Alaska, the Last Frontier - Summer 2012 travel blog

can you see the RV?

volcano remains

Glenn Highway

Matanuska Glacier

another view

mountains ahoy

Richardson Highway

Worthington Glacier

Wrangell Mountains

The route north on the Richardson Highway took us from the sea level of Valdez to the 2,000 foot Thompson Pass in 26 miles. Usually when you climb a mountain the road twists and turns, but this route was straight up. At times we were getting 2.5miles/gallon. Ouch! This stretch was one of two that almost brought the Alaska Pipeline construction teams to a halt. Laying the pipe and welding it at such extreme angles was a huge challenge. It was nice to see that some of the highway construction delays we had on the way into Valdez were all finished after our lengthy stay there.

We turned west on the Glenn Highway toward Anchorage. The views were terrific the entire drive. Mountains everywhere, glaciers every so often. At the higher elevations the trees had that drunken forest look, spindly and growing at all angles and the road buckled and bumped over the permafrost. As we neared Palmer the vegetation looked much healthier. The pavement was smooth and the road had four lanes at times to better accommodate the heavier traffic. Remains of an ancient volcanic eruption here spread ash and made the area unusually fertile.

We are staying in Palmer in the Matanuska Valley, the vegetable basket of Alaska. In 1935 Palmer became the site of one of the most unusual experiments in American history. The Federal Emergency Relief Administration, one of the many New Deal relief agencies created during Franklin Roosevelt's first year in office, planned an agricultural colony in Alaska to utilize the fertile potential of this area and get some American farm families, devastated first by the Dust Bowl and then by the Great Depression, back to work. Social workers picked 203 families from the northern counties of Minnesota, Wisconsin, and Michigan, because it was thought that farmers of Scandinavian descent would have a natural advantage over other ethnic groups. Their housing was in a tent city the first summer. Each family drew lots for individual 40-acre tracts and a farming adventure began.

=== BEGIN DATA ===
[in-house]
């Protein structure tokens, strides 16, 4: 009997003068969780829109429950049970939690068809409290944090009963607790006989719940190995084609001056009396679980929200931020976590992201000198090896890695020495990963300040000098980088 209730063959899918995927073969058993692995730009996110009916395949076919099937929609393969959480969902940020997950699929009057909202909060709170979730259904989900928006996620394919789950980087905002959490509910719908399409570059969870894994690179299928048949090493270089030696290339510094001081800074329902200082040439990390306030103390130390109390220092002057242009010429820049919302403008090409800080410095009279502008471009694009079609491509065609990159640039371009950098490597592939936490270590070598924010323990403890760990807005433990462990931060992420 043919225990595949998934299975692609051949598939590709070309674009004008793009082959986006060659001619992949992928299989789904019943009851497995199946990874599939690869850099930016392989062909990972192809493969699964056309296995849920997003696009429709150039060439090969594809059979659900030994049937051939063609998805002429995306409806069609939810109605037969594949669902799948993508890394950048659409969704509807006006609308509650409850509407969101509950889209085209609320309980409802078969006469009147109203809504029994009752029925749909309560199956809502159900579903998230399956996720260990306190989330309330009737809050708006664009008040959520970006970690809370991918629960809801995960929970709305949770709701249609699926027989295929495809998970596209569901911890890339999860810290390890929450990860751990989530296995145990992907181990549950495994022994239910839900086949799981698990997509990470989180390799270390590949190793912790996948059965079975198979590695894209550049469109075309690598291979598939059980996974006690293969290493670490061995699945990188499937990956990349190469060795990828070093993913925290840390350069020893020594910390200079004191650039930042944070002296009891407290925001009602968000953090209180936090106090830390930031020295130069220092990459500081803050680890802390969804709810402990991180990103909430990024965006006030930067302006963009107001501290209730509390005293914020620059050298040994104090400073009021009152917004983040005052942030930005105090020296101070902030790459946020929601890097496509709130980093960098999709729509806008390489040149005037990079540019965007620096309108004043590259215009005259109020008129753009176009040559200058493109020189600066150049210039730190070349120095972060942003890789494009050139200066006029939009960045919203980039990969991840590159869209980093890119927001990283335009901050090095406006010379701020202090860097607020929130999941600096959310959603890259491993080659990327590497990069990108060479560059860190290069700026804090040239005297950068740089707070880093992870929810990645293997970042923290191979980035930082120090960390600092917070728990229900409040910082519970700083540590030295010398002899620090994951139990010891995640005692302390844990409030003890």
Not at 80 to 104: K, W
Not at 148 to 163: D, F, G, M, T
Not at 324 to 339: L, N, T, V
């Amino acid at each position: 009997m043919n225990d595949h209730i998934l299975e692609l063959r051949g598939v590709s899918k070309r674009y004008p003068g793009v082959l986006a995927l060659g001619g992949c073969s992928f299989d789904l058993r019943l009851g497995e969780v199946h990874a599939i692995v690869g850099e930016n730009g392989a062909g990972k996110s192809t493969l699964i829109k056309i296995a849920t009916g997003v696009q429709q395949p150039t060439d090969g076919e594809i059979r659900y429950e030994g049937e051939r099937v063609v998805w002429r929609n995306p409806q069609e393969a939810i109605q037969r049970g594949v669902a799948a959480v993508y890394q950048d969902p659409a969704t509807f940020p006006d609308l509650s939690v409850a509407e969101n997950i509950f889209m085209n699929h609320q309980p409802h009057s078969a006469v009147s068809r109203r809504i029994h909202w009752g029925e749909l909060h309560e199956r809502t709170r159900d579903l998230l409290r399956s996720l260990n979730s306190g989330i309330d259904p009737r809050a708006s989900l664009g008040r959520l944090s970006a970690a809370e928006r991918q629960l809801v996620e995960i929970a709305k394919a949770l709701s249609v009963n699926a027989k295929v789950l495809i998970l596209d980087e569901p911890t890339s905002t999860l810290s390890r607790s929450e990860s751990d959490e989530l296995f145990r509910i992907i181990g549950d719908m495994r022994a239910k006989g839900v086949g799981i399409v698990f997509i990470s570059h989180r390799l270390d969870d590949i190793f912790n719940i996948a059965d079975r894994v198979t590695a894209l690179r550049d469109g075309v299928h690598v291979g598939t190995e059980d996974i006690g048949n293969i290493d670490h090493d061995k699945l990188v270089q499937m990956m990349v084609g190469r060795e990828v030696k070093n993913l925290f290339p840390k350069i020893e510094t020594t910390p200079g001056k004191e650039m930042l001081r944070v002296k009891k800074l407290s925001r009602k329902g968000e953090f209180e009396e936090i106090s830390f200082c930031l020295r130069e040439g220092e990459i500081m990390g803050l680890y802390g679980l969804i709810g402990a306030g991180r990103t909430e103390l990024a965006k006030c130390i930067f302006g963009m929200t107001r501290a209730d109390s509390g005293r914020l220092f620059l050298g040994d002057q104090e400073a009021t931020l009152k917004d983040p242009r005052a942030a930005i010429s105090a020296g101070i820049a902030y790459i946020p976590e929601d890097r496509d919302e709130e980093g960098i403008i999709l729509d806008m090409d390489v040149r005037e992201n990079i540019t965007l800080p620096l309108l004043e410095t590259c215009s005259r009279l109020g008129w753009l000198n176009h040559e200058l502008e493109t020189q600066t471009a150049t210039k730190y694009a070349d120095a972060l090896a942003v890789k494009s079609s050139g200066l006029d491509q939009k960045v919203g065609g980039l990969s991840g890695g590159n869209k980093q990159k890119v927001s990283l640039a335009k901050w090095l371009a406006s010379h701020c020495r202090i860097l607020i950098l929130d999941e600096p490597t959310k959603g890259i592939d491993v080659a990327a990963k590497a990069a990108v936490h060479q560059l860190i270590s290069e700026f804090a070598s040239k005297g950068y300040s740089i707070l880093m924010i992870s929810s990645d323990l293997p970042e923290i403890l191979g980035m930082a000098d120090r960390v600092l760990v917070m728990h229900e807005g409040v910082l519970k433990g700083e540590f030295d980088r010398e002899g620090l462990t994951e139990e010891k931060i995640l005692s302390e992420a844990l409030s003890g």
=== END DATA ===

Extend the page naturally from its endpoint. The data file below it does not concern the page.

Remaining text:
Although the failure rate was high, many of the agricultural workers that live here today are descendants of this grand experiment. Since the growing season ranges from 100 - 120 days annually and the hours of sunlight are so long, this area produces some amazingly huge vegetables that are displayed at the end of the summer at the Alaska State Fair here. Record holders include: a 9.5 pound radish, 2.5 pound mushroom, 53 pound rutabaga and 105.6 pound cabbage. Flowers both wild and cultivated abound. Not the stereotype that one associates with Alaska.

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